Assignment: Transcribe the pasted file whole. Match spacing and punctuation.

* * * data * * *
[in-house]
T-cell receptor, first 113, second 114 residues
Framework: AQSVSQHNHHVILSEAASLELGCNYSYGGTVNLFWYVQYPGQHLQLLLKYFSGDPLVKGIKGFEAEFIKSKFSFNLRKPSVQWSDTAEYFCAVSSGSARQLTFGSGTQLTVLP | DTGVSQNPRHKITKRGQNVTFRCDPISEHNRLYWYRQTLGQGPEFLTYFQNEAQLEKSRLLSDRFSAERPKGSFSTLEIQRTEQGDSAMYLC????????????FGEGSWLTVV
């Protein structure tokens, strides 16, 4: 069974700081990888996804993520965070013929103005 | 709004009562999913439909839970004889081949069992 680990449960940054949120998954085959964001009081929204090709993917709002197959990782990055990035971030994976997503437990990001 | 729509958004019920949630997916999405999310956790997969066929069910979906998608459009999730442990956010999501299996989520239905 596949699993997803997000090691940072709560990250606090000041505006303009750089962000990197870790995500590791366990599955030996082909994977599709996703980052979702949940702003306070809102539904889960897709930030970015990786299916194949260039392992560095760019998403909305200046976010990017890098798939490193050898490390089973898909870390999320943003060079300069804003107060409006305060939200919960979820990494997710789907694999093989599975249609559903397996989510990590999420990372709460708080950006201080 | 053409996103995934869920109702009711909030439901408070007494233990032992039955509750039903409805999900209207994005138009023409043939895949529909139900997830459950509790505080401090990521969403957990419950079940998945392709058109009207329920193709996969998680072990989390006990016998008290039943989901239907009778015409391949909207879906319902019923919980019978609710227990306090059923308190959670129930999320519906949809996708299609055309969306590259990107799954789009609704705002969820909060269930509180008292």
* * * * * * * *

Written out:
[in-house]
T-cell receptor, first 113, second 114 residues
Framework: AQSVSQHNHHVILSEAASLELGCNYSYGGTVNLFWYVQYPGQHLQLLLKYFSGDPLVKGIKGFEAEFIKSKFSFNLRKPSVQWSDTAEYFCAVSSGSARQLTFGSGTQLTVLP | DTGVSQNPRHKITKRGQNVTFRCDPISEHNRLYWYRQTLGQGPEFLTYFQNEAQLEKSRLLSDRFSAERPKGSFSTLEIQRTEQGDSAMYLC????????????FGEGSWLTVV
């Protein structure tokens, strides 16, 4: 069974700081990888996804993520965070013929103005 | 709004009562999913439909839970004889081949069992 680990449960940054949120998954085959964001009081929204090709993917709002197959990782990055990035971030994976997503437990990001 | 729509958004019920949630997916999405999310956790997969066929069910979906998608459009999730442990956010999501299996989520239905 596949699993997803997000090691940072709560990250606090000041505006303009750089962000990197870790995500590791366990599955030996082909994977599709996703980052979702949940702003306070809102539904889960897709930030970015990786299916194949260039392992560095760019998403909305200046976010990017890098798939490193050898490390089973898909870390999320943003060079300069804003107060409006305060939200919960979820990494997710789907694999093989599975249609559903397996989510990590999420990372709460708080950006201080 | 053409996103995934869920109702009711909030439901408070007494233990032992039955509750039903409805999900209207994005138009023409043939895949529909139900997830459950509790505080401090990521969403957990419950079940998945392709058109009207329920193709996969998680072990989390006990016998008290039943989901239907009778015409391949909207879906319902019923919980019978609710227990306090059923308190959670129930999320519906949809996708299609055309969306590259990107799954789009609704705002969820909060269930509180008292």